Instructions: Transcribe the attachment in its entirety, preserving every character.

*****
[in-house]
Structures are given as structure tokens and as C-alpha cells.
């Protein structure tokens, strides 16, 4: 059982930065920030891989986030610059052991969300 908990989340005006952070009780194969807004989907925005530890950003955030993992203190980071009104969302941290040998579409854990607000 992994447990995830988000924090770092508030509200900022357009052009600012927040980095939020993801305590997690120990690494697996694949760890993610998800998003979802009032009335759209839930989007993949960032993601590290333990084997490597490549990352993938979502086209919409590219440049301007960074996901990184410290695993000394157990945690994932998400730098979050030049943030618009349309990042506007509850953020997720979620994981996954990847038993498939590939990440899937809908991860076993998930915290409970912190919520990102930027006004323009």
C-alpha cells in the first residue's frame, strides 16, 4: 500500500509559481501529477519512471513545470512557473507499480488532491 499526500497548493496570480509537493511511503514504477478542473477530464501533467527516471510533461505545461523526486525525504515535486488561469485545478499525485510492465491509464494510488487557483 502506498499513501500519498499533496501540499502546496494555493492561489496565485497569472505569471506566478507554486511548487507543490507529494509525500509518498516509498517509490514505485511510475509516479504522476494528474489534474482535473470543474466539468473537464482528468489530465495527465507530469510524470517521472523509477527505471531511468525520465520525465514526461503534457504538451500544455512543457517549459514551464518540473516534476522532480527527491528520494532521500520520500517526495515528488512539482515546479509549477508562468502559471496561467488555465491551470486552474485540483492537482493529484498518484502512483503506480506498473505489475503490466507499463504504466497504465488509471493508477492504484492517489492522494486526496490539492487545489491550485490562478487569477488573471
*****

[in-house]
Structures are given as structure tokens and as C-alpha cells.
């Protein structure tokens, strides 16, 4: 059982930065920030891989986030610059052991969300 908990989340005006952070009780194969807004989907925005530890950003955030993992203190980071009104969302941290040998579409854990607000 992994447990995830988000924090770092508030509200900022357009052009600012927040980095939020993801305590997690120990690494697996694949760890993610998800998003979802009032009335759209839930989007993949960032993601590290333990084997490597490549990352993938979502086209919409590219440049301007960074996901990184410290695993000394157990945690994932998400730098979050030049943030618009349309990042506007509850953020997720979620994981996954990847038993498939590939990440899937809908991860076993998930915290409970912190919520990102930027006004323009």
C-alpha cells in the first residue's frame, strides 16, 4: 500500500509559481501529477519512471513545470512557473507499480488532491 499526500497548493496570480509537493511511503514504477478542473477530464501533467527516471510533461505545461523526486525525504515535486488561469485545478499525485510492465491509464494510488487557483 502506498499513501500519498499533496501540499502546496494555493492561489496565485497569472505569471506566478507554486511548487507543490507529494509525500509518498516509498517509490514505485511510475509516479504522476494528474489534474482535473470543474466539468473537464482528468489530465495527465507530469510524470517521472523509477527505471531511468525520465520525465514526461503534457504538451500544455512543457517549459514551464518540473516534476522532480527527491528520494532521500520520500517526495515528488512539482515546479509549477508562468502559471496561467488555465491551470486552474485540483492537482493529484498518484502512483503506480506498473505489475503490466507499463504504466497504465488509471493508477492504484492517489492522494486526496490539492487545489491550485490562478487569477488573471